A flaw in Internet Explorer that allows someone to display an incorrect website address in the browser window, is just getting worse.
A patch issued by an apparent open source organisation, Open Wares, to fix the problem contained problematic code that left some systems more open to attack while appearing to report back to the Open Wares.org website.
A new patch has now been made available but those who downloaded the original patch are now extremely suspicious of the fix – or simply ignorant that it has been issued at all.
In the meantime, despite two weeks' notice, Microsoft has yet to release an official fix, and offers instead only daft advice such as checking the source code for every URL people want to click.
The problem is a big one and was first spotted a fortnight ago. Zap The Dingbat noted on BugTraq that you need only include the characters "%01" in a link and Explorer fails to display any of the URL information following it.
You can therefore get someone to visit a page on your website but as far as they and their browser is concerned, you have been connected to an entirely different domain. The implications are obvious - scammers will be able to persuade people they are visiting a legitimate site (any site in fact) but direct them to their own.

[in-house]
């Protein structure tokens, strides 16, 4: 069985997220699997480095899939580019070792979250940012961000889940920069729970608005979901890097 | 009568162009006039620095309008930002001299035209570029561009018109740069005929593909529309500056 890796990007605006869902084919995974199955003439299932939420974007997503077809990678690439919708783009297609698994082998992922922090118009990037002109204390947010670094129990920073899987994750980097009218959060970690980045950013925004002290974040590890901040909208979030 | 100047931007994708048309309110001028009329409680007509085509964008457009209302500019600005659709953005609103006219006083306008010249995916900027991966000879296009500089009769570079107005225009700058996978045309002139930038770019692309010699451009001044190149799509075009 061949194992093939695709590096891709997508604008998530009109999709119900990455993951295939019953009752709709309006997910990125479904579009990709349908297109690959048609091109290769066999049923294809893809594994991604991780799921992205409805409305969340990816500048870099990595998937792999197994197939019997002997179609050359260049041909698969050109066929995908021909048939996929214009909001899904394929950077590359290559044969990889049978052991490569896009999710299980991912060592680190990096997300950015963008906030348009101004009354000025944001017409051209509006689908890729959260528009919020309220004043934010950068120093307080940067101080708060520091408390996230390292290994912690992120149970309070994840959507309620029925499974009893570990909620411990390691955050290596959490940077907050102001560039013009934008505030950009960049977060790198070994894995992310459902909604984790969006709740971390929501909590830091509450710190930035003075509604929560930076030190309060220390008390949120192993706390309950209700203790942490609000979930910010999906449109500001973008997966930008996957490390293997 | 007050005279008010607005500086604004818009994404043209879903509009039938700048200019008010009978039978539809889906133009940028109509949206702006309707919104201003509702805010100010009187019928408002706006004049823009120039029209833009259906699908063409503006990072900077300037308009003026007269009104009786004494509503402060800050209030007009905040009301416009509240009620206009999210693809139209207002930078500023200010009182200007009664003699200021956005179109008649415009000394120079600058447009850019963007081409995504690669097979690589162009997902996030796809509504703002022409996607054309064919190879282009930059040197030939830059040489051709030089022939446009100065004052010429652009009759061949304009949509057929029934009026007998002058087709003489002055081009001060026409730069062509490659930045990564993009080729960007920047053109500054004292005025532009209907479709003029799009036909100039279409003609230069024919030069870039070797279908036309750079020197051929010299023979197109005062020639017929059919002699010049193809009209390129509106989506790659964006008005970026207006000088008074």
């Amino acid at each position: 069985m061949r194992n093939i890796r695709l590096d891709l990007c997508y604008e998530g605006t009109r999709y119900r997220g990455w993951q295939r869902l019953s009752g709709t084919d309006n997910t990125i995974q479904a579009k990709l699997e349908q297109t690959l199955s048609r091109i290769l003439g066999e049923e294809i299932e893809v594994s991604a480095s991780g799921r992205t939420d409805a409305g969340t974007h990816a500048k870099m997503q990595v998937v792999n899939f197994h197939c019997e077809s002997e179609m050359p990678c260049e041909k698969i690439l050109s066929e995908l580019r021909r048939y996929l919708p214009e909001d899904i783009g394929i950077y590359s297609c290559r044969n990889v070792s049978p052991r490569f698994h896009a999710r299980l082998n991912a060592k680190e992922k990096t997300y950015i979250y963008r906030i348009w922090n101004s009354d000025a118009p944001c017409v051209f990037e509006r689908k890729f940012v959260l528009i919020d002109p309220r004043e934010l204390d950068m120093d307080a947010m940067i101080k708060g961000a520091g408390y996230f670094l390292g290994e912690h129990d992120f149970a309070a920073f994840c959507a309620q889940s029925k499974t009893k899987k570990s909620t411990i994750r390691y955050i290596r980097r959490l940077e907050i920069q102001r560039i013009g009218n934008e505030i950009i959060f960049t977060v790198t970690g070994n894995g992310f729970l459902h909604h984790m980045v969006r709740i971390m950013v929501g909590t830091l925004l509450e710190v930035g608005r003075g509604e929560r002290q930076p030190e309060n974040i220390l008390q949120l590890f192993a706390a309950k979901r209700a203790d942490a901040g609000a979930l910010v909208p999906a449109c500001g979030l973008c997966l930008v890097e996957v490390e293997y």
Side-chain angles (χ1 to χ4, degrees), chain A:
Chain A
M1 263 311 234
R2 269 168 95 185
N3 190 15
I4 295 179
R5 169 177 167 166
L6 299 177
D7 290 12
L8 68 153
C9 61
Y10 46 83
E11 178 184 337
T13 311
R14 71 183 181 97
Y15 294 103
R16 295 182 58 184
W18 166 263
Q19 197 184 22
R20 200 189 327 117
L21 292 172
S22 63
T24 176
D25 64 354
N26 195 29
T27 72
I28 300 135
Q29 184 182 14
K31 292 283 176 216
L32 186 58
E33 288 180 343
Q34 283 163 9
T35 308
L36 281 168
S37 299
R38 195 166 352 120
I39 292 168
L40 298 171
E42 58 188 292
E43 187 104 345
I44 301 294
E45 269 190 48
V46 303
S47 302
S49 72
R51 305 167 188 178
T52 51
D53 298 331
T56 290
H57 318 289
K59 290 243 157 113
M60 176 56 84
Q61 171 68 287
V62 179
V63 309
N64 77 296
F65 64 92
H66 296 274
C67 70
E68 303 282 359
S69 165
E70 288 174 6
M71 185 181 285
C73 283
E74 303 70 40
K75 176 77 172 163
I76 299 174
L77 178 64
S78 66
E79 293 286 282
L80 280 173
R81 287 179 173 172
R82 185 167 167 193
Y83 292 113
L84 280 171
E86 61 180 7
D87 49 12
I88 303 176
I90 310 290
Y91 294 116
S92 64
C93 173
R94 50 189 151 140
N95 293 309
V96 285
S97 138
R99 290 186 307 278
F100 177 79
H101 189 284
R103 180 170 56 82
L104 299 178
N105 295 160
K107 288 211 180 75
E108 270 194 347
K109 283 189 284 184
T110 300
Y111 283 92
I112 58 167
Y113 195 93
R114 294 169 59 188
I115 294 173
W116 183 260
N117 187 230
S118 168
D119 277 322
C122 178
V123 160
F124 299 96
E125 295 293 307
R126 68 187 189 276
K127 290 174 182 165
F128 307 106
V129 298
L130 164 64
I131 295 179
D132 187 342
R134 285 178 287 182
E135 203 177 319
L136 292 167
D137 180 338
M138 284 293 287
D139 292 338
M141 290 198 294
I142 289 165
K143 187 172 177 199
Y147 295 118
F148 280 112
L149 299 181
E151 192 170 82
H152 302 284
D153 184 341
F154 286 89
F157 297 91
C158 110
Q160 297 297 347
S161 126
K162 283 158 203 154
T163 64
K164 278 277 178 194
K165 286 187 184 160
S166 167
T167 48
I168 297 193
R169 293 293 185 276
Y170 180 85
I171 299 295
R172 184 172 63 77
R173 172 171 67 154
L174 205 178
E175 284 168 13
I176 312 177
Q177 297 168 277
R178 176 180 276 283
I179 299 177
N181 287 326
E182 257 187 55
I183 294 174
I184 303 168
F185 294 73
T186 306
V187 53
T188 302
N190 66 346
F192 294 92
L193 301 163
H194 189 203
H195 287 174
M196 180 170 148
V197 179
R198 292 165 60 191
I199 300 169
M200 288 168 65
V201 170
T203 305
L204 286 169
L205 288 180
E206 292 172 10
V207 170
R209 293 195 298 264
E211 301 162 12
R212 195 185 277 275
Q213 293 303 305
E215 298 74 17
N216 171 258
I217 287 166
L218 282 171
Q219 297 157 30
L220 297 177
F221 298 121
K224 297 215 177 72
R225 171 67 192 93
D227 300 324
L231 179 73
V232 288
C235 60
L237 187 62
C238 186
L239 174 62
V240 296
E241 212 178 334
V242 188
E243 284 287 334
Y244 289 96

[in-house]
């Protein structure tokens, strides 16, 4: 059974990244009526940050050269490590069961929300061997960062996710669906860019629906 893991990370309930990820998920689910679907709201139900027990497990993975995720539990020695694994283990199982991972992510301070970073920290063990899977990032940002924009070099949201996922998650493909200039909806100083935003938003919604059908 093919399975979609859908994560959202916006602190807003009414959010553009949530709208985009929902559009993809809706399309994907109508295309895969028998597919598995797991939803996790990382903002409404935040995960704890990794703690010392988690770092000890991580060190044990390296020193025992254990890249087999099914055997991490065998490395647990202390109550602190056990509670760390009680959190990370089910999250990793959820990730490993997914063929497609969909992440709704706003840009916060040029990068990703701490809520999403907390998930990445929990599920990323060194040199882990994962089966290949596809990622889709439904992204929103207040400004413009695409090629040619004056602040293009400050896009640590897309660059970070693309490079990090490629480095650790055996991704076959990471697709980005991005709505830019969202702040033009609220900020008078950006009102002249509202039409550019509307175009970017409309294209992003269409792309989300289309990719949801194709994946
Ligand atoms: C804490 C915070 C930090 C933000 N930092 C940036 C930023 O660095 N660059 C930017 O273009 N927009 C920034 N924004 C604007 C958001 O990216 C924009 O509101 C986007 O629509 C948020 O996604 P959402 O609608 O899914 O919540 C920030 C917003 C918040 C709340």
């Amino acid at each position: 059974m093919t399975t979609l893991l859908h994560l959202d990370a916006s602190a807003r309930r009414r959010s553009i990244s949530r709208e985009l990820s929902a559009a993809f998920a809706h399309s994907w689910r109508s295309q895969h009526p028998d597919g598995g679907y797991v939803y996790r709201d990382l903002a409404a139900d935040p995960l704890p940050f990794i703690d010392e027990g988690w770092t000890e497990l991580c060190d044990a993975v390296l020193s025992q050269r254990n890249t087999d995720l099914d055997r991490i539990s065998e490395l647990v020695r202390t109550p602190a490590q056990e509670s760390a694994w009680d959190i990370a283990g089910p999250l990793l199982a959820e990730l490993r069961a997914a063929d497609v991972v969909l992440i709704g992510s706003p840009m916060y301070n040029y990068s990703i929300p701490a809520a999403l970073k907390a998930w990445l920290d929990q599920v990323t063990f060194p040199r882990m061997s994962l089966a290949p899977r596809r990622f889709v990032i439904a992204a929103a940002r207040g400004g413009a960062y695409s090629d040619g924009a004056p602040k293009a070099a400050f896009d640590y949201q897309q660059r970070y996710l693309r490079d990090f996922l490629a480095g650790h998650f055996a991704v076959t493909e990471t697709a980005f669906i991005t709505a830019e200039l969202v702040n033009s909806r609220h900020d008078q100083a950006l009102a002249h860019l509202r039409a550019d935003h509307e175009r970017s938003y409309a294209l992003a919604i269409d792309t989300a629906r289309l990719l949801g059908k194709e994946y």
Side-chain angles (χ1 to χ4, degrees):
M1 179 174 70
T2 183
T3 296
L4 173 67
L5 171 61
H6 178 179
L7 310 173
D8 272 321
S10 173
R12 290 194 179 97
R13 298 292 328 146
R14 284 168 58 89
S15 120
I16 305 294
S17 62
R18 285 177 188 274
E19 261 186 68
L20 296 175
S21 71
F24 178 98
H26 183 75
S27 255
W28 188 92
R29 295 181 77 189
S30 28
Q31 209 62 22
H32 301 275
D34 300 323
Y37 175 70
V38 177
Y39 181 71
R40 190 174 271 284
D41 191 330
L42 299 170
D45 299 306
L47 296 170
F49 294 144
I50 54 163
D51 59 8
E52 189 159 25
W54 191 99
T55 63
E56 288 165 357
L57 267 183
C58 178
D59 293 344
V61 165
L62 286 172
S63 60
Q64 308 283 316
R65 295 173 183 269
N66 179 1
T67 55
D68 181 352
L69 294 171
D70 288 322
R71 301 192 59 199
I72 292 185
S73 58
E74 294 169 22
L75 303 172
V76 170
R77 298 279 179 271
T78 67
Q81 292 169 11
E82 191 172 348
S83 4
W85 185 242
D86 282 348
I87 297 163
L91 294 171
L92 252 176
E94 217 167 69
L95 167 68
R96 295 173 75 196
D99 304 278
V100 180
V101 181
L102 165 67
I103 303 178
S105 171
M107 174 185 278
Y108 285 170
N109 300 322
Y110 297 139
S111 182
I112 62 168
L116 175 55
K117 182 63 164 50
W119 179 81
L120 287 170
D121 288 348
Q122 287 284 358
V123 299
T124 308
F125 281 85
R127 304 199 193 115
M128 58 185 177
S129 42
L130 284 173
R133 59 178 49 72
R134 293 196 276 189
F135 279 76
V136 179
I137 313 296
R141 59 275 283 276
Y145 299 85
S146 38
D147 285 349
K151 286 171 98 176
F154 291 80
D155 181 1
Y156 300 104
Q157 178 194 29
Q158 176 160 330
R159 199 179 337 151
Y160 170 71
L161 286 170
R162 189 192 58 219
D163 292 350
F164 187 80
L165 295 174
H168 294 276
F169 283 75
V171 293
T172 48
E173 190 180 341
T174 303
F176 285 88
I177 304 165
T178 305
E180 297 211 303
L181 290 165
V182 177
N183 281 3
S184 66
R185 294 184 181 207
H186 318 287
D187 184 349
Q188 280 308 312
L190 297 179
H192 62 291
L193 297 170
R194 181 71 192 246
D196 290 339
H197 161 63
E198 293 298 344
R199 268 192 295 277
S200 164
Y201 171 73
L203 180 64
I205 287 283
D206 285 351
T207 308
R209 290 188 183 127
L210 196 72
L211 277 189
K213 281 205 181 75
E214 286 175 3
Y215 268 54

This has been used successfully in the past with very similar domains, particularly online banks where people's vital credit card and bank account details have been stolen, but this method doesn't even give the wary much reason to question it - the browser appears to clearly display the domain they are visiting.
A very simple, very clear demonstration can be found at the Zap The Dingbat site here. You think you're visiting Microsoft.com but in fact are looking at zapthedingbat.com/security/ex01/vun2.htm.
So, not only do you no longer know for certain (if you are using Explorer 6, of course) where you are on the Internet, but you have to be wary of taking people at face value and installing a patch when they can dump all sorts of other software on your computer for personal gain.
Now all it takes is someone to spoof a Microsoft domain purporting to lead to a fix for the issue and we really have entered the twilight zone that is Microsoft security.